moline

[moh-lin, moh-lahyn]
|

adjective Heraldry.

(of a cross) having arms of equal length, split and curved back at the ends, used especially as the cadency mark of an eighth son: a cross moline.

Origin of moline

1555–65; < Anglo-French *moliné, equivalent to molin mill1 + < Latin -ātus -ate1

Moline

[moh-leen]

noun

a city in NW Illinois, on the Mississippi.
Dictionary.com Unabridged Based on the Random House Unabridged Dictionary, © Random House, Inc. 2019

Examples from the Web for moline

Contemporary Examples of moline

  • Moline bent over him, "Next time, we ain't playing no pattycake."

    The Daily Beast logo
    Danger Stalks Lucas Davenport

    Daily Beast Promotions

    May 11, 2009

  • Moline stood up, pulled up his shirt, stuck the .22 under his belt and said, "Get the door, bro."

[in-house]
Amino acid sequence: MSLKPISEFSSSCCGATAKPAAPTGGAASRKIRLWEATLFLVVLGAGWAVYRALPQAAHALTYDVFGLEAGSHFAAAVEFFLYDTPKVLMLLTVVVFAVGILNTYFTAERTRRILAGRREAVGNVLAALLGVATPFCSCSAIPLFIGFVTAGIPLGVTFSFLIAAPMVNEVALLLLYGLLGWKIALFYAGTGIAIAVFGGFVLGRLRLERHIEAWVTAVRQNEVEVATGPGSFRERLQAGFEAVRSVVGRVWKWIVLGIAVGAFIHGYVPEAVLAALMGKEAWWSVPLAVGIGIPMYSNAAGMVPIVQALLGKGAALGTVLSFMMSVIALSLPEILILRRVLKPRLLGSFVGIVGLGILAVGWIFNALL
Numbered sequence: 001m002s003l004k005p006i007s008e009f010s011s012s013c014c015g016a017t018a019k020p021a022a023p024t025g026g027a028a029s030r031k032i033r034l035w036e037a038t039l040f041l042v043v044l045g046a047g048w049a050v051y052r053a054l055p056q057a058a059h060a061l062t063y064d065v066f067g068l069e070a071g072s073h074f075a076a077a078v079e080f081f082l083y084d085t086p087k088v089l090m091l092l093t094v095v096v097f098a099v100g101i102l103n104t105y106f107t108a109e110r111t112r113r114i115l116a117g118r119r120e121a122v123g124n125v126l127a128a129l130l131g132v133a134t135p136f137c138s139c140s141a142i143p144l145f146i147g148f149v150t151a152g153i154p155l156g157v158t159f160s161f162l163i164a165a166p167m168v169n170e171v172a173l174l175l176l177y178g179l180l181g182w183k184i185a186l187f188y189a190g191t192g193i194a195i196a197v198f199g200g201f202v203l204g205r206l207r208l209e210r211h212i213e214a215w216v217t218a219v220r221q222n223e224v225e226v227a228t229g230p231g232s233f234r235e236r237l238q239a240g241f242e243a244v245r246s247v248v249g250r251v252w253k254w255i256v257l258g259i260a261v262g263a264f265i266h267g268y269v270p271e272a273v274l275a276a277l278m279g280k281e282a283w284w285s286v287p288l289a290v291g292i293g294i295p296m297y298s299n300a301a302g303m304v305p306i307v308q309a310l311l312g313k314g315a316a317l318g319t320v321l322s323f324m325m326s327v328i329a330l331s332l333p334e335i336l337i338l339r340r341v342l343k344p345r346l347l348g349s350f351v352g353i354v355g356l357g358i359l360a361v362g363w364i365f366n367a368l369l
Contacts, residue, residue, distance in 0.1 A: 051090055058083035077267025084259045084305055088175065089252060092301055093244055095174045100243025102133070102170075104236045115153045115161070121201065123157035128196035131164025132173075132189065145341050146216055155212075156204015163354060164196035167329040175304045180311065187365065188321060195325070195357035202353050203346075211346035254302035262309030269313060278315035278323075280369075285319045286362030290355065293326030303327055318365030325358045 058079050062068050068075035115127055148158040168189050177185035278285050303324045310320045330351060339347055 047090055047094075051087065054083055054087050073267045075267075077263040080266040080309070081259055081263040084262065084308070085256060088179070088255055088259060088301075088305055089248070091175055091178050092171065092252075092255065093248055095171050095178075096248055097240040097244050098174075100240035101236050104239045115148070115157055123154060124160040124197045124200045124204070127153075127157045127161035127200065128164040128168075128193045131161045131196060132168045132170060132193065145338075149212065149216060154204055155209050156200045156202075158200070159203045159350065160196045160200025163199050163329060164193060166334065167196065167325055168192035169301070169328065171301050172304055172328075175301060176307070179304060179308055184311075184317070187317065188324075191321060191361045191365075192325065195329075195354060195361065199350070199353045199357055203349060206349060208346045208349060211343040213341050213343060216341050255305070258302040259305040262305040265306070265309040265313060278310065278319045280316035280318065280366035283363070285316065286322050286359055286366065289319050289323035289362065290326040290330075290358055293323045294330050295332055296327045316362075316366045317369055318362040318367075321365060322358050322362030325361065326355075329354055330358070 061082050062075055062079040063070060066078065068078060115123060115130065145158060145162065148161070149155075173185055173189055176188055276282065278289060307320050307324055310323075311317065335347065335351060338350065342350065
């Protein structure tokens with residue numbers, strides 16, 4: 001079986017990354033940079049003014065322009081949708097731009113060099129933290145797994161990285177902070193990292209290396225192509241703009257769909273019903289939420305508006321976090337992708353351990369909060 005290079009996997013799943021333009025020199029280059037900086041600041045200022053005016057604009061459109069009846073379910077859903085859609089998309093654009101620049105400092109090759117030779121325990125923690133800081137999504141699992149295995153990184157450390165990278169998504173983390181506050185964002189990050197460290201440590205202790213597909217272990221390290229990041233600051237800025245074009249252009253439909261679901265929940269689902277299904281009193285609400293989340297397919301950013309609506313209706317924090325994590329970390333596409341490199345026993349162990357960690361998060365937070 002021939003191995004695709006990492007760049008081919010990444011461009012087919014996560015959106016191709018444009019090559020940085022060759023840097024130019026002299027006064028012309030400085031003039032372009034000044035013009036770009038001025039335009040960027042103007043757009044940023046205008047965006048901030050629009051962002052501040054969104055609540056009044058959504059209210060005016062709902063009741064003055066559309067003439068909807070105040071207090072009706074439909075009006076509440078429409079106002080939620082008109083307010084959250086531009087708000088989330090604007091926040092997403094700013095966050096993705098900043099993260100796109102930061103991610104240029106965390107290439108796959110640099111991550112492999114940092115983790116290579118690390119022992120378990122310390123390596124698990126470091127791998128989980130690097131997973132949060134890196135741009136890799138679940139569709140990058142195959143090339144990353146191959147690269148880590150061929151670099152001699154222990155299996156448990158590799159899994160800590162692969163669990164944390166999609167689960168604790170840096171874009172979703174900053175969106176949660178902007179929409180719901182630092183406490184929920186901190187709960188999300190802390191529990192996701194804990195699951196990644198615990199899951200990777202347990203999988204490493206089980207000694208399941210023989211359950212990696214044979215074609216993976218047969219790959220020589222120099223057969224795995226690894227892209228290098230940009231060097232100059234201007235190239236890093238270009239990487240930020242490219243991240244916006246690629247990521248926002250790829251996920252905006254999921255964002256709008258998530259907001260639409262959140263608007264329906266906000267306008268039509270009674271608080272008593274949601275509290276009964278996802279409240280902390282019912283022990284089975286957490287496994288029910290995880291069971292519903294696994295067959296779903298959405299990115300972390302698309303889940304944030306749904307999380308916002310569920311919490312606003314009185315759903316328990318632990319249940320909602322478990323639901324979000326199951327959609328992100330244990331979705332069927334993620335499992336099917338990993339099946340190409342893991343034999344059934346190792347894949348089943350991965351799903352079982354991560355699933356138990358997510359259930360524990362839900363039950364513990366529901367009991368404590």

The Daily Beast logo
    Danger Stalks Lucas Davenport

    Daily Beast Promotions

    May 11, 2009

  • Moline looked at the front door, then asked, "Why you running Jasmine down my street?"

    The Daily Beast logo
    Danger Stalks Lucas Davenport

    Daily Beast Promotions

    May 11, 2009

Historical Examples of moline


British Dictionary definitions for moline

moline

adjective

heraldry (of a cross) having arms of equal length, forked and curved back at the ends

Word Origin for moline

C16: probably from Anglo-French moliné, from molin mill 1, referring to the arms curved back like the ends of a mill-rind
Collins English Dictionary - Complete & Unabridged 2012 Digital Edition © William Collins Sons & Co. Ltd. 1979, 1986 © HarperCollins Publishers 1998, 2000, 2003, 2005, 2006, 2007, 2009, 2012